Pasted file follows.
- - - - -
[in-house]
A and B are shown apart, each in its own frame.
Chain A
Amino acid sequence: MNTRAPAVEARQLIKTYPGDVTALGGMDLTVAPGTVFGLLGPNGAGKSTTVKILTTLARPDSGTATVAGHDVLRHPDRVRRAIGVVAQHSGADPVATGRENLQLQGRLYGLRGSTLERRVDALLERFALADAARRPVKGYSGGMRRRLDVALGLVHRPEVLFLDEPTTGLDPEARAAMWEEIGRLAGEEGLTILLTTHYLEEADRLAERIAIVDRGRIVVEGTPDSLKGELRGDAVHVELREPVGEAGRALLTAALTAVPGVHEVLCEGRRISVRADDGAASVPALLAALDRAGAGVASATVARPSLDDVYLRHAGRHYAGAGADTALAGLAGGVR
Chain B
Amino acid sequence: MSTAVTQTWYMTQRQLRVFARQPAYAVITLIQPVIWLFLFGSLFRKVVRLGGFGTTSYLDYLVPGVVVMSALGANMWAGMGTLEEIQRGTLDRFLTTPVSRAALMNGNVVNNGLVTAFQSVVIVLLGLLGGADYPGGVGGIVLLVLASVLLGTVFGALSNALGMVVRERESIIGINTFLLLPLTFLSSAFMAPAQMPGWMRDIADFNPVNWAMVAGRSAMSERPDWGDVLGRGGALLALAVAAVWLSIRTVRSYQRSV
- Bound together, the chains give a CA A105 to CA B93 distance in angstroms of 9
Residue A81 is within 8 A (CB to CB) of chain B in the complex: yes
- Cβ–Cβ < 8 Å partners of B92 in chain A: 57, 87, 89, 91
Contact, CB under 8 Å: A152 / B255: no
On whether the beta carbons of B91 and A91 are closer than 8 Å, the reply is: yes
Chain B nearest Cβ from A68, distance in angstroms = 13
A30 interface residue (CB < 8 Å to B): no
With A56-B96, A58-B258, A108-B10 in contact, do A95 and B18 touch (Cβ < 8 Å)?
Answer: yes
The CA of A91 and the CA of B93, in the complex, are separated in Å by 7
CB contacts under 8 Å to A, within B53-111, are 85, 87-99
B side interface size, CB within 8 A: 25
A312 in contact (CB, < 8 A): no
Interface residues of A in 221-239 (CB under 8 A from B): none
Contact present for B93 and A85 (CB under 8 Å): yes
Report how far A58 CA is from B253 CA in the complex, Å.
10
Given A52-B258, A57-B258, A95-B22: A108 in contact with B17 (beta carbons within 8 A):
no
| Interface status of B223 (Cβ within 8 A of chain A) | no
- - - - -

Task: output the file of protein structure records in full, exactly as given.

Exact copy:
[in-house]
A and B are shown apart, each in its own frame.
Chain A
Amino acid sequence: MNTRAPAVEARQLIKTYPGDVTALGGMDLTVAPGTVFGLLGPNGAGKSTTVKILTTLARPDSGTATVAGHDVLRHPDRVRRAIGVVAQHSGADPVATGRENLQLQGRLYGLRGSTLERRVDALLERFALADAARRPVKGYSGGMRRRLDVALGLVHRPEVLFLDEPTTGLDPEARAAMWEEIGRLAGEEGLTILLTTHYLEEADRLAERIAIVDRGRIVVEGTPDSLKGELRGDAVHVELREPVGEAGRALLTAALTAVPGVHEVLCEGRRISVRADDGAASVPALLAALDRAGAGVASATVARPSLDDVYLRHAGRHYAGAGADTALAGLAGGVR
Chain B
Amino acid sequence: MSTAVTQTWYMTQRQLRVFARQPAYAVITLIQPVIWLFLFGSLFRKVVRLGGFGTTSYLDYLVPGVVVMSALGANMWAGMGTLEEIQRGTLDRFLTTPVSRAALMNGNVVNNGLVTAFQSVVIVLLGLLGGADYPGGVGGIVLLVLASVLLGTVFGALSNALGMVVRERESIIGINTFLLLPLTFLSSAFMAPAQMPGWMRDIADFNPVNWAMVAGRSAMSERPDWGDVLGRGGALLALAVAAVWLSIRTVRSYQRSV
- Bound together, the chains give a CA A105 to CA B93 distance in angstroms of 9
Residue A81 is within 8 A (CB to CB) of chain B in the complex: yes
- Cβ–Cβ < 8 Å partners of B92 in chain A: 57, 87, 89, 91
Contact, CB under 8 Å: A152 / B255: no
On whether the beta carbons of B91 and A91 are closer than 8 Å, the reply is: yes
Chain B nearest Cβ from A68, distance in angstroms = 13
A30 interface residue (CB < 8 Å to B): no
With A56-B96, A58-B258, A108-B10 in contact, do A95 and B18 touch (Cβ < 8 Å)?
Answer: yes
The CA of A91 and the CA of B93, in the complex, are separated in Å by 7
CB contacts under 8 Å to A, within B53-111, are 85, 87-99
B side interface size, CB within 8 A: 25
A312 in contact (CB, < 8 A): no
Interface residues of A in 221-239 (CB under 8 A from B): none
Contact present for B93 and A85 (CB under 8 Å): yes
Report how far A58 CA is from B253 CA in the complex, Å.
10
Given A52-B258, A57-B258, A95-B22: A108 in contact with B17 (beta carbons within 8 A):
no
| Interface status of B223 (Cβ within 8 A of chain A) | no